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Hour of the gun
on 13 July 2014
I had previously read 'Blood River', Tim Butcher's journey through the Congo following a route of Stanley. Although the book was an eye-opener to a part of Africa I had only vaguely registered, the reason for the journey never quite captured me. so when I read the reviews on this one, I bought it. Anjan Sundaram gained a mathematics degree at a prestigious U.S. university and, with the offer of a job for life with Goldman Sachs, threw it all up for a career in journalism in one of the most dangerous parts of the world. His motivation seems to have been the desire to make a difference with his life and reaction to growing up under the auspices of a repressive regime. (I have to add here that he went out to the Congo unaccredited and got the job as a stringer - a journalist paid by each word - out of grim necessity; he was robbed of all his money through a wrong word). Upon hearing of his decision, his mother sat down and cried.
A Congolese secretary living in America arranges for him to lodge with her family in Kinshasa, on the understanding he doesn't tell her family where she lives. She doesn't want them 'camping out' all over her new life in America. It was this aspect of Congolese life which really captured my attention. There used to be a phrase in the arts 'kitchen sink drama', that is drama depicting real life in all its reality and squalor. It is Anjan's life with his Congolese hosts which brings home the desperateness of life in the Congo for the everyman Congolese. (As he finds out, atrocities in the Congo are on such an epic and repetitive scale it is the unusual which captures the attention of the news desk editor).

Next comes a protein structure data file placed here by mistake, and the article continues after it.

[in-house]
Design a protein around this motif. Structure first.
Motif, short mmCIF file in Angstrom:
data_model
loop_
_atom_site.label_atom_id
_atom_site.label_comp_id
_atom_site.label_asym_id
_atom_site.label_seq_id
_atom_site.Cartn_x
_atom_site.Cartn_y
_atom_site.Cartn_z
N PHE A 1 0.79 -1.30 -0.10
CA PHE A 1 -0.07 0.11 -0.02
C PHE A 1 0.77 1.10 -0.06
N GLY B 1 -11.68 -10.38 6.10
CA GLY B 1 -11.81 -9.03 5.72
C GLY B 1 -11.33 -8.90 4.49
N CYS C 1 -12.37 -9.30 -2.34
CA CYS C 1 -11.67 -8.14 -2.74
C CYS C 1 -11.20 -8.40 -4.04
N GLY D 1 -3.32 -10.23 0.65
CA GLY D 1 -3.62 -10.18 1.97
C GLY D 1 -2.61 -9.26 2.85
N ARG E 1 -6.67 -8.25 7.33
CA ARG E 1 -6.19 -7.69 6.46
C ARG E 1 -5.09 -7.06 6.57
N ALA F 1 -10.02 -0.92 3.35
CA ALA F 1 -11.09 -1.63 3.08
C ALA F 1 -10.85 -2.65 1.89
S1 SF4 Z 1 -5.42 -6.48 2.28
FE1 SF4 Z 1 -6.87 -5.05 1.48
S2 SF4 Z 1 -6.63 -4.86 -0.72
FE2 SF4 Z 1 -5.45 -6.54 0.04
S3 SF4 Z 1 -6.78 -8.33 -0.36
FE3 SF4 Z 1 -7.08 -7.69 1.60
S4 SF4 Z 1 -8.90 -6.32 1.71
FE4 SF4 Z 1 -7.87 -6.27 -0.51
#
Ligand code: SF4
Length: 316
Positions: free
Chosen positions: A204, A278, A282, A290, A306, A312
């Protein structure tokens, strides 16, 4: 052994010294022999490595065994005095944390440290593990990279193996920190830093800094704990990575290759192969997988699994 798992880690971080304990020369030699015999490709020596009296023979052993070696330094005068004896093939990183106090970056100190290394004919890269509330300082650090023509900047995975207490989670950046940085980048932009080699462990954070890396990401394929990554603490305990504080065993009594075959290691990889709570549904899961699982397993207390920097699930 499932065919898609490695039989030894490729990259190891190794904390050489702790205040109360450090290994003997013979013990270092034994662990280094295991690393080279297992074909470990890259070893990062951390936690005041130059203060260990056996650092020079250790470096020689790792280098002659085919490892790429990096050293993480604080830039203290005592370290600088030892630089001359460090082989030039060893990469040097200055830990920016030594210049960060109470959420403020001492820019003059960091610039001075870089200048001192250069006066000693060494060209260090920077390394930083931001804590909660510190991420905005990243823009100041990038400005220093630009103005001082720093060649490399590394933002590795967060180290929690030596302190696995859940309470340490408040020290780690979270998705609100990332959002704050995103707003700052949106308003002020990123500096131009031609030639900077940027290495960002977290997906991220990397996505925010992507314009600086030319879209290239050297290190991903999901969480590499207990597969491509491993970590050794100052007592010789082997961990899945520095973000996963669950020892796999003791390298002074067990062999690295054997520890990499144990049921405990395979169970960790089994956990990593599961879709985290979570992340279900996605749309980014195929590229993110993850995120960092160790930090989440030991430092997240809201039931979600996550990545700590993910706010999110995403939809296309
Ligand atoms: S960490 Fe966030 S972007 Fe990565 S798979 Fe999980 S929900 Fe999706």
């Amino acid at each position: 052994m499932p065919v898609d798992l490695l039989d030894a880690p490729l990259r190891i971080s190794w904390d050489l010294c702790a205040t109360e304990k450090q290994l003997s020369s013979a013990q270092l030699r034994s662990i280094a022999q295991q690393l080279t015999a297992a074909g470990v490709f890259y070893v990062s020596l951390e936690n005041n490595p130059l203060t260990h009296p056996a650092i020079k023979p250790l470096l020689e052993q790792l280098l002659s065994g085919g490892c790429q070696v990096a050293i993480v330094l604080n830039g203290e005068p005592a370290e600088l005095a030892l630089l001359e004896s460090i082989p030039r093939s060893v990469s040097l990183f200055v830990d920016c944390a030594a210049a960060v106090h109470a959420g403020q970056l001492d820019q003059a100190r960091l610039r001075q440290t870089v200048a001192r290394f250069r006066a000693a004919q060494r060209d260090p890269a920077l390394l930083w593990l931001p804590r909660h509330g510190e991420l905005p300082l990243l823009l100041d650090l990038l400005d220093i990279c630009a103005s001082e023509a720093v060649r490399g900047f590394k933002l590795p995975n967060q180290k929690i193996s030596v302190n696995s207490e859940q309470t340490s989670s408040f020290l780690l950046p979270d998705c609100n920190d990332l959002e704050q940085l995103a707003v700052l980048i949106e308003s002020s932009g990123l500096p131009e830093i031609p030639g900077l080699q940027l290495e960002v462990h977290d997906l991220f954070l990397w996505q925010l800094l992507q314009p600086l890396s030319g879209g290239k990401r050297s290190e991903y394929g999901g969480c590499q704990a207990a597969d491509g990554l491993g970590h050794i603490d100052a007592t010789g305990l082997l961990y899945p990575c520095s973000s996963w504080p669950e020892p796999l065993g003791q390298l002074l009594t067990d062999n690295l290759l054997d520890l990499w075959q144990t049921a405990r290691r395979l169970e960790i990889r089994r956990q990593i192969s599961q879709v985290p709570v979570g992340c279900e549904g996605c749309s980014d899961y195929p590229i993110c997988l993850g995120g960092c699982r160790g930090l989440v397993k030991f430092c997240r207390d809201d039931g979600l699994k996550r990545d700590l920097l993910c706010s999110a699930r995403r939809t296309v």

Witnessing his hosts' reverses and the sabotaging of their efforts to get free of poverty by other family members, Anjan becomes, in effect, the breadwinner of the family. He learns to dread their insistence to go along with them whenever there is a family crisis as it usually means he's paying. On one occasion he is spurred on in his journalistic efforts by the family matriarch's declaring 'it's not enough' after handing over several hundred dollars to keep the family afloat. I can only guess at the resentment she felt at being so beholden. Certainly, she didn't feel any gratitude. Returning from a dangerous journey into the interior, for instance, he finds his rat infested room hasn't been cleaned. Interestingly, he doesn't mention any leave taking when finally, exhausted and having made his name he heads for the airport and home. I imagine it all ended very badly.
An absorbing read, I award 5 stars.